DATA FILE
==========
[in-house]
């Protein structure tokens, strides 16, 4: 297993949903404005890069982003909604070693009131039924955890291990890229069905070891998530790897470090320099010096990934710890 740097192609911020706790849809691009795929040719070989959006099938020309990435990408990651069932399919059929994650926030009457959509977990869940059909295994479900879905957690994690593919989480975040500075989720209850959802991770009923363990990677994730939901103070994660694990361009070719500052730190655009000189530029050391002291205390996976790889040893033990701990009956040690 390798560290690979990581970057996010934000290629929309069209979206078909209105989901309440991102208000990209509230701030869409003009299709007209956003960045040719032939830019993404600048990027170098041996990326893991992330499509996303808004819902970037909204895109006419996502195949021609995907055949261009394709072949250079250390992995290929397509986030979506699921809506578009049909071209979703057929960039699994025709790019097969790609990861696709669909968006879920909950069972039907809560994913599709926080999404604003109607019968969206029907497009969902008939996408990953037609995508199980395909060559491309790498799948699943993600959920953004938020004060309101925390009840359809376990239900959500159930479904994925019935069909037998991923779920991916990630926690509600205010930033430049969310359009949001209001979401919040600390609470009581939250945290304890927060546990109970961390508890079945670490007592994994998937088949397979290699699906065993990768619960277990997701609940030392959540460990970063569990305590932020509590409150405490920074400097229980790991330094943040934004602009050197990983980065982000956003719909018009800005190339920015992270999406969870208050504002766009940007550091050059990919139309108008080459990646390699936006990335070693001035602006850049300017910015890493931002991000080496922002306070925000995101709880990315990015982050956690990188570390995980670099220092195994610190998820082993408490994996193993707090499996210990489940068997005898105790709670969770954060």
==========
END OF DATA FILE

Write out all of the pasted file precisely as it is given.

[in-house]
């Protein structure tokens, strides 16, 4: 297993949903404005890069982003909604070693009131039924955890291990890229069905070891998530790897470090320099010096990934710890 740097192609911020706790849809691009795929040719070989959006099938020309990435990408990651069932399919059929994650926030009457959509977990869940059909295994479900879905957690994690593919989480975040500075989720209850959802991770009923363990990677994730939901103070994660694990361009070719500052730190655009000189530029050391002291205390996976790889040893033990701990009956040690 390798560290690979990581970057996010934000290629929309069209979206078909209105989901309440991102208000990209509230701030869409003009299709007209956003960045040719032939830019993404600048990027170098041996990326893991992330499509996303808004819902970037909204895109006419996502195949021609995907055949261009394709072949250079250390992995290929397509986030979506699921809506578009049909071209979703057929960039699994025709790019097969790609990861696709669909968006879920909950069972039907809560994913599709926080999404604003109607019968969206029907497009969902008939996408990953037609995508199980395909060559491309790498799948699943993600959920953004938020004060309101925390009840359809376990239900959500159930479904994925019935069909037998991923779920991916990630926690509600205010930033430049969310359009949001209001979401919040600390609470009581939250945290304890927060546990109970961390508890079945670490007592994994998937088949397979290699699906065993990768619960277990997701609940030392959540460990970063569990305590932020509590409150405490920074400097229980790991330094943040934004602009050197990983980065982000956003719909018009800005190339920015992270999406969870208050504002766009940007550091050059990919139309108008080459990646390699936006990335070693001035602006850049300017910015890493931002991000080496922002306070925000995101709880990315990015982050956690990188570390995980670099220092195994610190998820082993408490994996193993707090499996210990489940068997005898105790709670969770954060």